Ever since that morning I spent in a basement in New York’s Chelsea neighborhood a few weeks ago, I can’t get text complexity off my mind. Nor can I shake the image of the opening slide in a PowerPoint presentation about “disciplinary literacy": a curvaceous woman in leather and high boots, carrying a whip.
Contrary to what you might think, I did not make that up to get your attention. It really happened. I was hanging out with teachers from a high school in the Bronx at a professional-development day that was part of a city pilot on secondary literacy.
The pilot was prompted by New York’s adoption of the common standards, which harp heavily on the need for students to be much stronger at grappling with complicated informational and literary texts, and the need for teachers to learn “disciplinary literacy” strategies to help students decode the challenging grammar, vocabulary, writing, and ways of thinking specific to each subject.
In other words: It’s not enough to teach kids how to “read hard stuff.” You have to show them how reading hard stuff in AP Literature is different than reading hard stuff in biology, European history, or trigonometry.
The gal in leather was a joke, actually; a whimsical way of entering the presentation on strategies for reading in the disciplines. Timothy and Cynthia Shanahan, a husband-wife team of reading experts from the University of Illinois-Chicago, started their PowerPoint with that image, asking, “What is disciplinary literacy?” It got a chuckle out of the teachers, but then they moved on to the serious stuff of answering the question. They detailed the multiple ways that reading requires subject-specific strategies, arguing that in order to read well in all the disciplines, students need to understand not only how those experts write, but how they build knowledge.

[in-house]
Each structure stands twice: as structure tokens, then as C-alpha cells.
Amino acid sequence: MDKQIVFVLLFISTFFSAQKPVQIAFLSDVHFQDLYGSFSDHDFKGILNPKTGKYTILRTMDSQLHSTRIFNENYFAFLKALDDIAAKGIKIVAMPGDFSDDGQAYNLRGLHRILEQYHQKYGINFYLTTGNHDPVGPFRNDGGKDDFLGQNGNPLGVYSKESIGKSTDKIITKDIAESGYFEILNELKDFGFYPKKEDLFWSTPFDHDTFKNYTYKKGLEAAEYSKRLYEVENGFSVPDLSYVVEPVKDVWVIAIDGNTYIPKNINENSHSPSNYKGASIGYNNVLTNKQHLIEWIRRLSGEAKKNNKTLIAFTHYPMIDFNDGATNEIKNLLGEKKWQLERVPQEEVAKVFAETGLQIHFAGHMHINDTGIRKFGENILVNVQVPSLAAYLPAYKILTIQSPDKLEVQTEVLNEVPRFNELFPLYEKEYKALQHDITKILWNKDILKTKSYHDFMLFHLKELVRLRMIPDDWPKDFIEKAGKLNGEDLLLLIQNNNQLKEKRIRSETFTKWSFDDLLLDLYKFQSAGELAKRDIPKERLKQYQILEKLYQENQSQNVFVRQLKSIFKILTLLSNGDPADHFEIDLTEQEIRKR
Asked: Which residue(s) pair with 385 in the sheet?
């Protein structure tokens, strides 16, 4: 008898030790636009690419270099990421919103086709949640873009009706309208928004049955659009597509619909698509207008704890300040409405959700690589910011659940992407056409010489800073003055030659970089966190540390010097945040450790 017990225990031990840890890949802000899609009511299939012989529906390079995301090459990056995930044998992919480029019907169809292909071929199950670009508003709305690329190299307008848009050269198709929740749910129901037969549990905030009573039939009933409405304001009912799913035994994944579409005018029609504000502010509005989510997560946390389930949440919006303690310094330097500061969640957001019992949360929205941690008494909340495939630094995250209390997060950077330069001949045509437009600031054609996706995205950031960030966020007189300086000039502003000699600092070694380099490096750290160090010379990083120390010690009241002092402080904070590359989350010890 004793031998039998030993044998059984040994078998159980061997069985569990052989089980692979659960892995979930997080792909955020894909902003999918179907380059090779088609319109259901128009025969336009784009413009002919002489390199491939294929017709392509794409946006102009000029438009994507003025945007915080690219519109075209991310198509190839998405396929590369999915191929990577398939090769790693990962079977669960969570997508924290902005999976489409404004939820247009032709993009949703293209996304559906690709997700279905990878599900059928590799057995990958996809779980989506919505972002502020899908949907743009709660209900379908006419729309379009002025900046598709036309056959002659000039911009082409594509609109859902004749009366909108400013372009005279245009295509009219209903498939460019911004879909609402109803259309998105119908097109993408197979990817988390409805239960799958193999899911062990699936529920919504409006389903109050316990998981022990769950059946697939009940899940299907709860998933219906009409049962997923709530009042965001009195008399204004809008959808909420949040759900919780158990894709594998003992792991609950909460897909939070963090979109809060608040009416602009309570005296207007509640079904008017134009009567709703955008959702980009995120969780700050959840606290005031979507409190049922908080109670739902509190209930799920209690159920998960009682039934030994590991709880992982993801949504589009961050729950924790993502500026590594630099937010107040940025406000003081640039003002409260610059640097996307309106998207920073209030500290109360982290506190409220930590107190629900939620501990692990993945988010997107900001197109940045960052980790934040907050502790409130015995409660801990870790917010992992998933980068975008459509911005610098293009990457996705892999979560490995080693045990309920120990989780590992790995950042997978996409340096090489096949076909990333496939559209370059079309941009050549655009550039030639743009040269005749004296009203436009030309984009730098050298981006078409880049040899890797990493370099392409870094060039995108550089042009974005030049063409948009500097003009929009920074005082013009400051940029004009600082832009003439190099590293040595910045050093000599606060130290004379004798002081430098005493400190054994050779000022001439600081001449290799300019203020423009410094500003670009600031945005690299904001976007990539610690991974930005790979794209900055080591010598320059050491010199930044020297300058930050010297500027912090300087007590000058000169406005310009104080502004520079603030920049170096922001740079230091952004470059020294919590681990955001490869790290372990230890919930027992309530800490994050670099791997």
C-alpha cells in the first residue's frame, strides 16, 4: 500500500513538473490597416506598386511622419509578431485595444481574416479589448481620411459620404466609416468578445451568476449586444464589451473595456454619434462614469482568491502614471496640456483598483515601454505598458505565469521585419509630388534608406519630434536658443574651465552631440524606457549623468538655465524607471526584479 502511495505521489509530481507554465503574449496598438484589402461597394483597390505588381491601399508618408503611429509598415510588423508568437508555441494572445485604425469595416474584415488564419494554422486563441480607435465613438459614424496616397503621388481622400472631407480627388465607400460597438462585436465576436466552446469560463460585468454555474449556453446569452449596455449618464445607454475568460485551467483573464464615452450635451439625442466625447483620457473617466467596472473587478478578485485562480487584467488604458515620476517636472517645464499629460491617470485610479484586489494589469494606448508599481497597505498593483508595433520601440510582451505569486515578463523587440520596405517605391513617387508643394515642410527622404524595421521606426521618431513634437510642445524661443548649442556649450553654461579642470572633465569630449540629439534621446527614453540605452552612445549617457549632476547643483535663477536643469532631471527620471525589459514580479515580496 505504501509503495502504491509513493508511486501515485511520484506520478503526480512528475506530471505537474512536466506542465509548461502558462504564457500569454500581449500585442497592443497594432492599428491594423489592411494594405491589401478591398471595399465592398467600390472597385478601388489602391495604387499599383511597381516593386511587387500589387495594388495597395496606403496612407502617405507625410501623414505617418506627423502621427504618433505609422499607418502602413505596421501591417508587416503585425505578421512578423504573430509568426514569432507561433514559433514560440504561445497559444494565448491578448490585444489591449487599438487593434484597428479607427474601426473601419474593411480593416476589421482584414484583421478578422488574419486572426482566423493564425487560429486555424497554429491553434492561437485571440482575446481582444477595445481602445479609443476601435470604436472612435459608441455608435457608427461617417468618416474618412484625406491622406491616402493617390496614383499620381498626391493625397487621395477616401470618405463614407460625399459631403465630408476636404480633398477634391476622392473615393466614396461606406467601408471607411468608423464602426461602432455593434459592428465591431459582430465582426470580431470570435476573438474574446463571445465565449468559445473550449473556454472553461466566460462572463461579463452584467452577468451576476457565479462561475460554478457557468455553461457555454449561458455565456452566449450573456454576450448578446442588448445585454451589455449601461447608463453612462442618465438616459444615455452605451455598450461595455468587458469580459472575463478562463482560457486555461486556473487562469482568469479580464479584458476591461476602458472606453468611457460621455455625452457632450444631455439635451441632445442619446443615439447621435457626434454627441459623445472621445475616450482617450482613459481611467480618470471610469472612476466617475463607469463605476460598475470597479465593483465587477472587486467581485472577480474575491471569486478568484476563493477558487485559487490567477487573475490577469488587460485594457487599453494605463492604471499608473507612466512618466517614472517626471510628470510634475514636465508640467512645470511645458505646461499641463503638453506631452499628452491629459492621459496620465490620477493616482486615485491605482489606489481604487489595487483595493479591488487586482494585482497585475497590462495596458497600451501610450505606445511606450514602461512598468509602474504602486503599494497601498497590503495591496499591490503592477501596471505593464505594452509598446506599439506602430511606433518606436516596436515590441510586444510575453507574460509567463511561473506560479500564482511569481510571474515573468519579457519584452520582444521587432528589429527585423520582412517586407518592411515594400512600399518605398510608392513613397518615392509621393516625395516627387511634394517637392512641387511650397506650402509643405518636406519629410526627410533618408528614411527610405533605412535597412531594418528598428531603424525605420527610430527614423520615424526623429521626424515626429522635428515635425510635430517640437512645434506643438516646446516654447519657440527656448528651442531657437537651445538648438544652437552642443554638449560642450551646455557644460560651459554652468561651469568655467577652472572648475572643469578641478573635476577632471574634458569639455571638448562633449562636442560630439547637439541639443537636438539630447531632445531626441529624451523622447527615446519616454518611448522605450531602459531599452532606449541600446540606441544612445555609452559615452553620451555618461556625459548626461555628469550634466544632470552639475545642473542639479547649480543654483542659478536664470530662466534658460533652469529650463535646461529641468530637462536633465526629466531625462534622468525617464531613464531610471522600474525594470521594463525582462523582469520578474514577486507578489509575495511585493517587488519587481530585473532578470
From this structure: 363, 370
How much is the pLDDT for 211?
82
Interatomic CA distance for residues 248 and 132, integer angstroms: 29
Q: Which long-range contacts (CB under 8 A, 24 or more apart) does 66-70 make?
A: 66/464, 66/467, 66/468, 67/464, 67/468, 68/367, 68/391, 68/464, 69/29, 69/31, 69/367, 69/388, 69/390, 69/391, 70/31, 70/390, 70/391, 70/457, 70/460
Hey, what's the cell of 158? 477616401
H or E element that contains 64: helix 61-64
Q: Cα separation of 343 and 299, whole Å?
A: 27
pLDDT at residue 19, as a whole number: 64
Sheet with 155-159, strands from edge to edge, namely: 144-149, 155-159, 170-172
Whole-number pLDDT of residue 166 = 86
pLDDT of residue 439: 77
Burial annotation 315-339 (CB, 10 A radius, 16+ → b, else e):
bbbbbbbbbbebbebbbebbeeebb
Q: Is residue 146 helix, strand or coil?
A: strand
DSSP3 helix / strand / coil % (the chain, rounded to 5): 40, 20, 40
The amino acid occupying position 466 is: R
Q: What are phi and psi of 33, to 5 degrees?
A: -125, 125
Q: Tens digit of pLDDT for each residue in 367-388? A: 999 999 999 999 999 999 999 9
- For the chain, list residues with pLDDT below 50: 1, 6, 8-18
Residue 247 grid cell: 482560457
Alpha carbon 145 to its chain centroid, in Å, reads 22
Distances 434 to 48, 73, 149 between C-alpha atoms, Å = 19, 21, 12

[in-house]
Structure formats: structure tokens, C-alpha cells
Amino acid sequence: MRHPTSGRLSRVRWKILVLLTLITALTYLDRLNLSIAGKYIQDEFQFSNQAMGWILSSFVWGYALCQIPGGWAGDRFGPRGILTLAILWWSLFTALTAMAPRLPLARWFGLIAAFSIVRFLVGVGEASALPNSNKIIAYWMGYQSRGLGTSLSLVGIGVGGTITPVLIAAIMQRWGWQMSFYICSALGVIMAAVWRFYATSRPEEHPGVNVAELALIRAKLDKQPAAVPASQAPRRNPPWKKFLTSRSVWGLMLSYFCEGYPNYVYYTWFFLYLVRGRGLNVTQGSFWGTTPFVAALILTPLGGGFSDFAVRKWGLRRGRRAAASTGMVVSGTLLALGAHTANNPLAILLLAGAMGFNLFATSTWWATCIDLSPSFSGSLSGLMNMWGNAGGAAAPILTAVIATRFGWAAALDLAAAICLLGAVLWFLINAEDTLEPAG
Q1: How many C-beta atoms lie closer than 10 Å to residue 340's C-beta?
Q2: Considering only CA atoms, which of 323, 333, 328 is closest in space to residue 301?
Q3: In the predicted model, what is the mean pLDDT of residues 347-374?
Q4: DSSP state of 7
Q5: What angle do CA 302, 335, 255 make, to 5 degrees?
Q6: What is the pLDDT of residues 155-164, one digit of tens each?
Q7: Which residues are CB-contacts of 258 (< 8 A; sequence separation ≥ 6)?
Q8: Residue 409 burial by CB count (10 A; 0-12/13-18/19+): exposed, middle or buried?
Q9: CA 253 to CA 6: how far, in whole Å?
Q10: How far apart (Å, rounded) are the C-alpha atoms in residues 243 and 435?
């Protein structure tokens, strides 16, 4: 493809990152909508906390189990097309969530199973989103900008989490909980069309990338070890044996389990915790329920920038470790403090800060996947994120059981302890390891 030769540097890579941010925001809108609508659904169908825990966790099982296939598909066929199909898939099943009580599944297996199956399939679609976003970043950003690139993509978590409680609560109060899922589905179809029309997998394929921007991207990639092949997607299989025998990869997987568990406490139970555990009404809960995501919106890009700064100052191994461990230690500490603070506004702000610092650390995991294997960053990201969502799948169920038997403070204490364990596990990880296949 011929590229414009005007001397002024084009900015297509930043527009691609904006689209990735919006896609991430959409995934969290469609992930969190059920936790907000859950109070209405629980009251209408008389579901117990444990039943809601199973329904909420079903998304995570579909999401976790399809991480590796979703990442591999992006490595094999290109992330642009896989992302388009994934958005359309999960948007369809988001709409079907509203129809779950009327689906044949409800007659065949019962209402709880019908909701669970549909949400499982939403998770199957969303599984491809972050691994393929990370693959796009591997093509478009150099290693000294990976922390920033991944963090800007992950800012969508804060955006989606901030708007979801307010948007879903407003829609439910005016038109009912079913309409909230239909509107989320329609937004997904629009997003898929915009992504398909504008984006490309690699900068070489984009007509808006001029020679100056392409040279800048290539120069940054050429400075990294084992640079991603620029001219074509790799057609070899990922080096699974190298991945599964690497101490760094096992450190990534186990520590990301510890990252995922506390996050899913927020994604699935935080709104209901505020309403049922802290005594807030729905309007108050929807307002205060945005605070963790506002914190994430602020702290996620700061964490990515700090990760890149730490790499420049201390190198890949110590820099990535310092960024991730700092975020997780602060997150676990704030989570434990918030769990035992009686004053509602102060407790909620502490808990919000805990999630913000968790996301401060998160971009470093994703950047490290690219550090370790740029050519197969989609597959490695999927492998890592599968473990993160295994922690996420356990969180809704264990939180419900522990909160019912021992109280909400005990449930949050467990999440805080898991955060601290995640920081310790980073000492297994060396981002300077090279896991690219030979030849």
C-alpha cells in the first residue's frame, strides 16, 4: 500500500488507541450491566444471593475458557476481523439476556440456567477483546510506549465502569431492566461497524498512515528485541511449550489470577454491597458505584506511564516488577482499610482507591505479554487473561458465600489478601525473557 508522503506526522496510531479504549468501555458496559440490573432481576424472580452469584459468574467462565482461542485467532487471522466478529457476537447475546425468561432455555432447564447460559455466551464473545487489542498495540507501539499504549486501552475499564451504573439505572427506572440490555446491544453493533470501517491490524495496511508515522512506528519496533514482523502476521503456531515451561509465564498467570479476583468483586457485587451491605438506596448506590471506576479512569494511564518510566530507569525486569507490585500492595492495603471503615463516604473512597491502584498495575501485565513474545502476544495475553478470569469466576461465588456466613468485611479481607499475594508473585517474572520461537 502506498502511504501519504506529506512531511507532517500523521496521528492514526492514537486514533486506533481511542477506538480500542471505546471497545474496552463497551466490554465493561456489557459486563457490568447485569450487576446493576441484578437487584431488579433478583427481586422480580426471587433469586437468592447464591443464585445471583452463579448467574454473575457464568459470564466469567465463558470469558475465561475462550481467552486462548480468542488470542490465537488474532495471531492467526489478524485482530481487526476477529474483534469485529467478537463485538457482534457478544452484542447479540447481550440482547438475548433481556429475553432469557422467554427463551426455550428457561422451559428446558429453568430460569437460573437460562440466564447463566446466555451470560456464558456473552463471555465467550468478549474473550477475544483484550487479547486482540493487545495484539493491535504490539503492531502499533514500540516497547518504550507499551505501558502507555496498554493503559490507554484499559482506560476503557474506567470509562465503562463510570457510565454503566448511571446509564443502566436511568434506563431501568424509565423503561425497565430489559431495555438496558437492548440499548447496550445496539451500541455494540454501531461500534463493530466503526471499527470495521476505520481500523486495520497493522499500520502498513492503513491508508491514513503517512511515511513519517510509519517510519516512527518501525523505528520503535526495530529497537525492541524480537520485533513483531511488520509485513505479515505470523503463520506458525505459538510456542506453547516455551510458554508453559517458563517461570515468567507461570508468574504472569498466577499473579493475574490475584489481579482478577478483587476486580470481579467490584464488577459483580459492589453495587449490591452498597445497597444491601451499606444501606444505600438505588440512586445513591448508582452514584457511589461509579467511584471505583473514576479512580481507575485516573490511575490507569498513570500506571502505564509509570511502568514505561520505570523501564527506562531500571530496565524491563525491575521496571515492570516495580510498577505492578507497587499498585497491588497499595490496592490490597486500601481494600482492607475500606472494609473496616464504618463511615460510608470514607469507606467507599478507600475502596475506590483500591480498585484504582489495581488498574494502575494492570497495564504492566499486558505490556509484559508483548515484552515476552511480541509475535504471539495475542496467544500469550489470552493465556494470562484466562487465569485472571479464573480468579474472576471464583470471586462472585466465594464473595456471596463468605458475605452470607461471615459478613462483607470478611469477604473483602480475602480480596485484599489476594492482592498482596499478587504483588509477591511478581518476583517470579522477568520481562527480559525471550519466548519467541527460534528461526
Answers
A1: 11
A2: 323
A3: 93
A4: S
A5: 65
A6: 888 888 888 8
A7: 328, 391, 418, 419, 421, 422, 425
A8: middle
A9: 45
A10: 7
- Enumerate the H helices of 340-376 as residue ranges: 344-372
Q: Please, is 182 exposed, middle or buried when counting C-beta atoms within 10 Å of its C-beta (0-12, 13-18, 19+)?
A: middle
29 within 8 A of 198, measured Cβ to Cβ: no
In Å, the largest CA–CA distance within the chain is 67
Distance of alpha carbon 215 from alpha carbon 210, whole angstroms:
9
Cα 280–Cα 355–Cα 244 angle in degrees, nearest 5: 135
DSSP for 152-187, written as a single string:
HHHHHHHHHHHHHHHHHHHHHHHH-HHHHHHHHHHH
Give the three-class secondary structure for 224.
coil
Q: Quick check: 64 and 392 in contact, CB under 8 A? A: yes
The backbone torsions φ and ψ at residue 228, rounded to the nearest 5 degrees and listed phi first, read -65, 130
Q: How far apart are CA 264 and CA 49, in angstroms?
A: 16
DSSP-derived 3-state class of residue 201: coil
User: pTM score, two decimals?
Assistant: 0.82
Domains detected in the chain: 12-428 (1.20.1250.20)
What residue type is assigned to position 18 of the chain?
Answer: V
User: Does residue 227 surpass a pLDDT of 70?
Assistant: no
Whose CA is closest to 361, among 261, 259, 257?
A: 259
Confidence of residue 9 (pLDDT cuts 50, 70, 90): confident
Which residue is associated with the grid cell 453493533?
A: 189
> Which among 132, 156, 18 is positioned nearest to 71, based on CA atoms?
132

The text-complexity work plunged the teachers into using a new—and still evolving—rubric to evaluate five aspects of difficulty in The Adventures of Huckleberry Finn. It wasn’t as simple as running the text through a computer analysis attuned to word length, sentence length, and word familiarity. This analysis involved thorny discussions about the book’s structure, plot, syntax, content, and the background knowledge students might need to really understand it. And it became clear that some aspects of the novel are far more complex than others, making a single numerical rating seem too simplistic.
I keep thinking about those teachers. They were far from mastering this stuff, but they were deep in it, thrashing around and forcing new kinds of thinking. Watching them, I kept thinking about how my high school years might have been different if my teachers had been wrestling with those kinds of things, and how my college years might have been deeper as a result. I guess time will tell if these areas of focus yield a shift of ground in literacy, or whether they were just a passing idea du jour. But until we get that clarity, there is a lot to watch and contemplate.
A version of this news article first appeared in the Curriculum Matters blog.